After every feeding session or fight with the rest of the hummingbirds, this young Ruby would make a returned visit back to this Bluebird Clematis. It was about 6 feet to the left of where I typically sat. I managed several decent photos of him, some perching and some feeding from the few late season blooms. He found enough value in these flowers to continue returning. In Spring-time, the newly arrived males also found value in this plant. It produced an abundance of flowers, almost to the point that the foliage was covered. This is the kind of target that attracts hummingbirds from long distances away, and contains enough flowers in Spring to keep a hummingbird's attention for a substantial amount of time. Clematises aren't typically high on the list for hummingbirds, but this particular one has proven effective. After seeing how well it attracted hummingbirds, I have taken cuttings and produced another dozen of them to spread out around the garden.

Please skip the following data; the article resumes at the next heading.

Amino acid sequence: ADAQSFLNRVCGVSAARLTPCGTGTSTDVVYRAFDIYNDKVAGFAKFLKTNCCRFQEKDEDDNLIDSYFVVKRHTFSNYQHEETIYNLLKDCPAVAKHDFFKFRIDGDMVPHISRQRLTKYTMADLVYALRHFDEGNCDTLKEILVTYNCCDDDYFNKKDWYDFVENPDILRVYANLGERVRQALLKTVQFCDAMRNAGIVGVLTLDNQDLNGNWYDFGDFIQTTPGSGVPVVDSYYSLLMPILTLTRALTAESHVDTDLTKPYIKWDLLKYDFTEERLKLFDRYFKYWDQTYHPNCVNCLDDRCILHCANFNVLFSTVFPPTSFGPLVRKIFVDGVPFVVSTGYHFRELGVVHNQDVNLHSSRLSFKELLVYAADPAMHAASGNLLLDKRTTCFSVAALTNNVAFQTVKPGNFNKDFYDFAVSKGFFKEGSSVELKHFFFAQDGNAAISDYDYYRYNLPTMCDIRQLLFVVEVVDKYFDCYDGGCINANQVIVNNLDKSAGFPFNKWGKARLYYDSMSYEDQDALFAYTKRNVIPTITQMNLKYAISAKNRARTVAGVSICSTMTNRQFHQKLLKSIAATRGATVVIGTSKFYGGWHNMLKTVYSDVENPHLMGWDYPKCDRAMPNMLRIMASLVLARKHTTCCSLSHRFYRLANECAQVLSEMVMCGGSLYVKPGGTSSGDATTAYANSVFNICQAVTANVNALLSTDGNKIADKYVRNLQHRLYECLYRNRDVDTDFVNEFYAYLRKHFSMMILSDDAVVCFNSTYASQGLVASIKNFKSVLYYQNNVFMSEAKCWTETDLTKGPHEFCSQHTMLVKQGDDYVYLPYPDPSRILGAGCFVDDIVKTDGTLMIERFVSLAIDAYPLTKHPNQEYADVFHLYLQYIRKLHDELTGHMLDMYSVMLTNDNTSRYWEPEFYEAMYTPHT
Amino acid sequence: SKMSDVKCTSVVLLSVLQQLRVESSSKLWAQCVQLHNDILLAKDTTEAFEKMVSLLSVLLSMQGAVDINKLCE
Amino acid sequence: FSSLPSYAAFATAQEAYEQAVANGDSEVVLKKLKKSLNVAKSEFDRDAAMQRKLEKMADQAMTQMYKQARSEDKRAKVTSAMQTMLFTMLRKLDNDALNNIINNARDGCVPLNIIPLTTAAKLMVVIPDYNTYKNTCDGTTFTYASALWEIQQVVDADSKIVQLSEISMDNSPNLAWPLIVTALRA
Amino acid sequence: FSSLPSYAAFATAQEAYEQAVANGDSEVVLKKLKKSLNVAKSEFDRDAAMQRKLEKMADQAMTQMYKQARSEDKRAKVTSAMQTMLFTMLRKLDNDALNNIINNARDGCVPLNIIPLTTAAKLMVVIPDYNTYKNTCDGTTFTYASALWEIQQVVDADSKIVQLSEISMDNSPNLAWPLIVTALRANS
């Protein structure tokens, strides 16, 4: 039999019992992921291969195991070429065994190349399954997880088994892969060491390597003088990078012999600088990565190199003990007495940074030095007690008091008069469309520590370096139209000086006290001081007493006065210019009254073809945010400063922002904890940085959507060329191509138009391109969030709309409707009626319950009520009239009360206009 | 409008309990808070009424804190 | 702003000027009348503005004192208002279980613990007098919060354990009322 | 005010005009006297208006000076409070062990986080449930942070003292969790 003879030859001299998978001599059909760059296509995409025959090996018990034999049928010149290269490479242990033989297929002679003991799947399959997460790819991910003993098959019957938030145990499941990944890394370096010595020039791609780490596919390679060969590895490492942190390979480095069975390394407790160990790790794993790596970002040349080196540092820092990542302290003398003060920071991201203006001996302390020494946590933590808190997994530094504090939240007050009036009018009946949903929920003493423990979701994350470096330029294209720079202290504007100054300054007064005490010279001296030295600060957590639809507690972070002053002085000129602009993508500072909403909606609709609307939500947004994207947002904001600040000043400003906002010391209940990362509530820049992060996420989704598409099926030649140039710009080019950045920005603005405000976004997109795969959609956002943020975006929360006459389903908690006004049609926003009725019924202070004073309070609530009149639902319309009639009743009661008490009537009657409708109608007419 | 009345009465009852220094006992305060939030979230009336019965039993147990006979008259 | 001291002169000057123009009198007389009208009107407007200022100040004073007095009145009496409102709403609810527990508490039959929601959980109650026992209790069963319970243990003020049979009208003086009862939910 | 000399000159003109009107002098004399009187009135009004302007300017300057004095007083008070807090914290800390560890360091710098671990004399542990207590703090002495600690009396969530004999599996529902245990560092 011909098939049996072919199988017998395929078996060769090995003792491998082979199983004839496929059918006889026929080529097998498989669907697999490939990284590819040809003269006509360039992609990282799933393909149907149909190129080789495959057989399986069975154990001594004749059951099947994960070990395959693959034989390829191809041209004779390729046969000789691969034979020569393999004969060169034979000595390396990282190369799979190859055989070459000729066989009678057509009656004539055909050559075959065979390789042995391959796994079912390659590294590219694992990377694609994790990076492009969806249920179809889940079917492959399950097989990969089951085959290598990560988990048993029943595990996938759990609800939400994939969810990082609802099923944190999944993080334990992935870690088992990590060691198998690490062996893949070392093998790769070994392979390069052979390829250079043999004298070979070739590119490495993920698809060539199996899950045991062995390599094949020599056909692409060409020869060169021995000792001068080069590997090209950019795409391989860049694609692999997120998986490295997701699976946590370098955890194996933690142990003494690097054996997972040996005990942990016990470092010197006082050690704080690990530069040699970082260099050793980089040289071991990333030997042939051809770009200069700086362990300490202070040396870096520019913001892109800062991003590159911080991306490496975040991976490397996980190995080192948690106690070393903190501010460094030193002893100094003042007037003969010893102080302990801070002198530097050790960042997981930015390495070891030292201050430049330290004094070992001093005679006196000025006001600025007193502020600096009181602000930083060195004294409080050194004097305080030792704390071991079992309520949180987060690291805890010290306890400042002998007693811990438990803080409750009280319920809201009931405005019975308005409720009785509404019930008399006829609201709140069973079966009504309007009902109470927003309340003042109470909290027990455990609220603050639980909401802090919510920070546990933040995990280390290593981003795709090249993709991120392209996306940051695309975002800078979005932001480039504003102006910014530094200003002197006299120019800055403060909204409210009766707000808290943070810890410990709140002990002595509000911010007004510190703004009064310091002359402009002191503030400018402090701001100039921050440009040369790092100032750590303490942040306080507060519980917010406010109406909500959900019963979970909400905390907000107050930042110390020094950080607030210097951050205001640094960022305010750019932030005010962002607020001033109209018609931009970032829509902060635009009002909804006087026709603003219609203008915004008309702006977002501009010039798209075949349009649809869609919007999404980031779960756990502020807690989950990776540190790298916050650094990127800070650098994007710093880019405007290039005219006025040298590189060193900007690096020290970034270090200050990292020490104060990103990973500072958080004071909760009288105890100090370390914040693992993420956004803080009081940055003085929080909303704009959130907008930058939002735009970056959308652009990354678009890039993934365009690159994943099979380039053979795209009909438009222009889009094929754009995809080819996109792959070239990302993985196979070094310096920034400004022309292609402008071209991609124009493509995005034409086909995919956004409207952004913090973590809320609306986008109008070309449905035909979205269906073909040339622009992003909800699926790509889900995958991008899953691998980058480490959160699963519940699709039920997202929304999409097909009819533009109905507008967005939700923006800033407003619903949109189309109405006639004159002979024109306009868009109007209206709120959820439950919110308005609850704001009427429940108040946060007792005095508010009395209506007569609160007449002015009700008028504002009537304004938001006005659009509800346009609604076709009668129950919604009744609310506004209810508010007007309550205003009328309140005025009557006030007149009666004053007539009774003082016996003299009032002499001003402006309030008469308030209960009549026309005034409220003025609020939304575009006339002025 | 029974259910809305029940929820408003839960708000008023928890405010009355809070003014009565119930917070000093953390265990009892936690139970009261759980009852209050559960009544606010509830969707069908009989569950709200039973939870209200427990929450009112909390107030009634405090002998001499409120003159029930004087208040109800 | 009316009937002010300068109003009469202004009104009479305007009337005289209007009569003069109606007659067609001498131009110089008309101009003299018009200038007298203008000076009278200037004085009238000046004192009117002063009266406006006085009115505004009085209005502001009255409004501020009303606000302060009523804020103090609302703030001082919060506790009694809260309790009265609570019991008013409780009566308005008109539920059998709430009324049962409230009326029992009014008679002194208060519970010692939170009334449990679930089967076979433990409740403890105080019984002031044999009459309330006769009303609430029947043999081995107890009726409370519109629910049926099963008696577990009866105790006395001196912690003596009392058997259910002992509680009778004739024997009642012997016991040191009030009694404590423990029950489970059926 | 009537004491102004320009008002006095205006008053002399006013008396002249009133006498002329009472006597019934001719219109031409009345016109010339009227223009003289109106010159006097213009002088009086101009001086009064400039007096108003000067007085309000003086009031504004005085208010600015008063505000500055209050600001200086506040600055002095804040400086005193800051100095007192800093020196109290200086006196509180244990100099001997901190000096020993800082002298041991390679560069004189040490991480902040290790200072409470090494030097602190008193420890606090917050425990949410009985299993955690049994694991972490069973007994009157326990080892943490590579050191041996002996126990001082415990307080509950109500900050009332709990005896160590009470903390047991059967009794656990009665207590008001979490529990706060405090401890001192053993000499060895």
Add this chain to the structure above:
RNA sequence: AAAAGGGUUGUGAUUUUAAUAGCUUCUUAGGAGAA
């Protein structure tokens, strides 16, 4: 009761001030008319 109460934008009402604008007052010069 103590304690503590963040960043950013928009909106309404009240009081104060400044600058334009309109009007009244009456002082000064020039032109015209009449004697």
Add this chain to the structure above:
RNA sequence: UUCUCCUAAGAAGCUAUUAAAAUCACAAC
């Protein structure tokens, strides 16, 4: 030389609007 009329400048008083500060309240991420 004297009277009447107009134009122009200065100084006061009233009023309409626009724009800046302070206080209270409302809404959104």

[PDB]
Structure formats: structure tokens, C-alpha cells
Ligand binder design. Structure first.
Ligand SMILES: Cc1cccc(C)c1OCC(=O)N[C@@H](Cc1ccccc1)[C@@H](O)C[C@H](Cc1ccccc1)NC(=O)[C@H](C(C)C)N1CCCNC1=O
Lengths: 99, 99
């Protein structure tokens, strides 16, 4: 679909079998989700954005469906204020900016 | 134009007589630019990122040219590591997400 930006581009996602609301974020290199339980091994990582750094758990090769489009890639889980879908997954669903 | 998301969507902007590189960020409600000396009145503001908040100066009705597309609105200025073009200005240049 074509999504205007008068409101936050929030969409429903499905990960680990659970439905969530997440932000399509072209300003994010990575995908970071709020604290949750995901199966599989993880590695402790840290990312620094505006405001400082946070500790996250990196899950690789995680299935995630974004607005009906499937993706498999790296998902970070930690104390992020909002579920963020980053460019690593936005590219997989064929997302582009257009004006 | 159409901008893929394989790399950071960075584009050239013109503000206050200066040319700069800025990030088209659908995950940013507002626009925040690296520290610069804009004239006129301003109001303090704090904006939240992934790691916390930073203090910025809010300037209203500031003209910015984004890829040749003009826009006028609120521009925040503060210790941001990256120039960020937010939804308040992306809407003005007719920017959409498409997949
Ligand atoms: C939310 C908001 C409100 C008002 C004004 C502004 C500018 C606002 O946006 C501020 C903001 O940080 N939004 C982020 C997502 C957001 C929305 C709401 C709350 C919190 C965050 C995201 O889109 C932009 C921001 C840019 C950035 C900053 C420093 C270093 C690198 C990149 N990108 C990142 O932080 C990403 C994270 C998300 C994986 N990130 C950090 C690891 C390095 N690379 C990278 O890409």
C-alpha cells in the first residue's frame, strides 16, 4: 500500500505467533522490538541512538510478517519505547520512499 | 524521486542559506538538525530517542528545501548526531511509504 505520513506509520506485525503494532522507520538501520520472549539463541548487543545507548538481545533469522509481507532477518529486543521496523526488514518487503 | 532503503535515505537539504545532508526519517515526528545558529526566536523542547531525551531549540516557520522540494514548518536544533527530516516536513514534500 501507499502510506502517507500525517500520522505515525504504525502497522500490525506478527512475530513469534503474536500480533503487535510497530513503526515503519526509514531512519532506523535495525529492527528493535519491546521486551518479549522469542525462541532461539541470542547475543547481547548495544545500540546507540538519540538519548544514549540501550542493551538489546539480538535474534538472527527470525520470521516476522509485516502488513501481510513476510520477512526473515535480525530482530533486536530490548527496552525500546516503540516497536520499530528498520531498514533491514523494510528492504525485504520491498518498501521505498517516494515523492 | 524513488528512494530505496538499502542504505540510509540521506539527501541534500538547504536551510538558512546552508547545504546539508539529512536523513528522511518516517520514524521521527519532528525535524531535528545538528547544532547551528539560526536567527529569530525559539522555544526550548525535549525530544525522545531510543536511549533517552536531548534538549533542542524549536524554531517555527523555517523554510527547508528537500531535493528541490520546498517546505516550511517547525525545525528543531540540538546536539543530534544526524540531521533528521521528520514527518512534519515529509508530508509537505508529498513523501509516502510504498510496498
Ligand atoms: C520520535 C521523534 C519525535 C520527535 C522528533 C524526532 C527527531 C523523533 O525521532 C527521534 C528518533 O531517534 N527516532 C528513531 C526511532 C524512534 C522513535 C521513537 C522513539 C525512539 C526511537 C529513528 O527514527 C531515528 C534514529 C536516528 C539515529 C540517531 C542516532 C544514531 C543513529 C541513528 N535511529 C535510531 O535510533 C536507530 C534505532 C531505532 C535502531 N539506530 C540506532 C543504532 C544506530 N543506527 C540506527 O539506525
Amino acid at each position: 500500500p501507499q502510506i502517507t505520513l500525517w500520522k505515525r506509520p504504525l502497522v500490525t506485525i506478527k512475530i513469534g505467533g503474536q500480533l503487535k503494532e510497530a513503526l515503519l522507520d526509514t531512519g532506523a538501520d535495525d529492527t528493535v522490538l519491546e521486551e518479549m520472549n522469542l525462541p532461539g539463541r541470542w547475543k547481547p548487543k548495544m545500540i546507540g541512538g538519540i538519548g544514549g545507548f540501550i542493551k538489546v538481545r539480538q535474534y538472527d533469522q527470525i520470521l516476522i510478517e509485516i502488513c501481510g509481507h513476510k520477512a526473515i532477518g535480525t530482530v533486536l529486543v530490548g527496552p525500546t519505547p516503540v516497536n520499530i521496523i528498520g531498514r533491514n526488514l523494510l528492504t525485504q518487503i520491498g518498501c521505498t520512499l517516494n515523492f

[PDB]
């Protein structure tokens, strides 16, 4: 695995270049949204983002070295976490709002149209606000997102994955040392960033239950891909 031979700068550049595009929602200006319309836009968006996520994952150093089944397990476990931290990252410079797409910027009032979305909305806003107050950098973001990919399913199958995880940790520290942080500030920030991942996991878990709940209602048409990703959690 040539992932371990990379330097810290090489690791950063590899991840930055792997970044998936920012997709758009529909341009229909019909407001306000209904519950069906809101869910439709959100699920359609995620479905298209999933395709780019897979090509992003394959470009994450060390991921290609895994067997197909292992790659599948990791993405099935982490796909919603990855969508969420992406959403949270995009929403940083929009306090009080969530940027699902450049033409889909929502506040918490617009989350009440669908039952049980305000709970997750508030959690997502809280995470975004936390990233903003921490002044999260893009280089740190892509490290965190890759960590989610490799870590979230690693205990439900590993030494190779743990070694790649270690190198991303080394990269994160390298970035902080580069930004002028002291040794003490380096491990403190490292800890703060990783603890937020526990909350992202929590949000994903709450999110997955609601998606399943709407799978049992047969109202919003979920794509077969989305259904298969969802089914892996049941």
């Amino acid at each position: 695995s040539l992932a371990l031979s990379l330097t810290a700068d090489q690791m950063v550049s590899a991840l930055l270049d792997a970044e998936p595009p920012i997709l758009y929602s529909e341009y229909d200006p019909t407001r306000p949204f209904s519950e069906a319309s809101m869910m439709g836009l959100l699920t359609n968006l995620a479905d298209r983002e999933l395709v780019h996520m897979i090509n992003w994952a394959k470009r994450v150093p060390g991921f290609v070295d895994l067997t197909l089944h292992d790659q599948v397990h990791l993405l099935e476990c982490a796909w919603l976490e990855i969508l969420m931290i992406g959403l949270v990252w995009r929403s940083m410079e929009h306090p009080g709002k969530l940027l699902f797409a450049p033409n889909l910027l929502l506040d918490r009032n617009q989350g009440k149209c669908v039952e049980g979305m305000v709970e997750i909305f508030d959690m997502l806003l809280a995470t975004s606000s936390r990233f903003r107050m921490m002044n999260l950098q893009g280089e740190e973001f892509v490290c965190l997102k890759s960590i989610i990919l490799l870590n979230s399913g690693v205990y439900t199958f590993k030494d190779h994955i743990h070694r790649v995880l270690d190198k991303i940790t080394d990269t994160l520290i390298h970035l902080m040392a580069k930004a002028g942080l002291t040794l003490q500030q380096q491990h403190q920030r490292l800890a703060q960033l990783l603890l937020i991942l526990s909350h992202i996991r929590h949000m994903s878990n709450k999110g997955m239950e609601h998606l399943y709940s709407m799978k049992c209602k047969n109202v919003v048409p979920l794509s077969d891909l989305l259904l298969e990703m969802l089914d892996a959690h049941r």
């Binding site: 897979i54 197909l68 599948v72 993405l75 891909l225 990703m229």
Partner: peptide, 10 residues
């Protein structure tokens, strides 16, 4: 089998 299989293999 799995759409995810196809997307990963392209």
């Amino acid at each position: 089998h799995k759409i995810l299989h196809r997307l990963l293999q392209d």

This young male Ruby-throat wasn't yet into the grown-up food, but he certainly was a messy little eater in the flowers, which isn't uncommon for young hummingbirds.
The image of the blooming Bluebird Clematis was taken in May. It is an early Spring bloomer with a smaller bloom later in the season. I like to have favorite hummingbird plants that bloom in succession throughout the hummingbird season. As one finishes, another will take over in the garden. The best times to have these big bloomers are during the month of their arrival from the South, and then again for the time the young leave the nest until the time they head back South. The stagnant nesting period is a bit less important as the adult female birds will typically use feeders to get their large dose of nectar within a short time and then get back to the nest quickly. During this time, the males will still scout out their options, not missing a single bloom that appears in their territory.
N.E. of Edmonton, Alberta, Canada. Juvenile Male Ruby-throat hummingbird. August 2017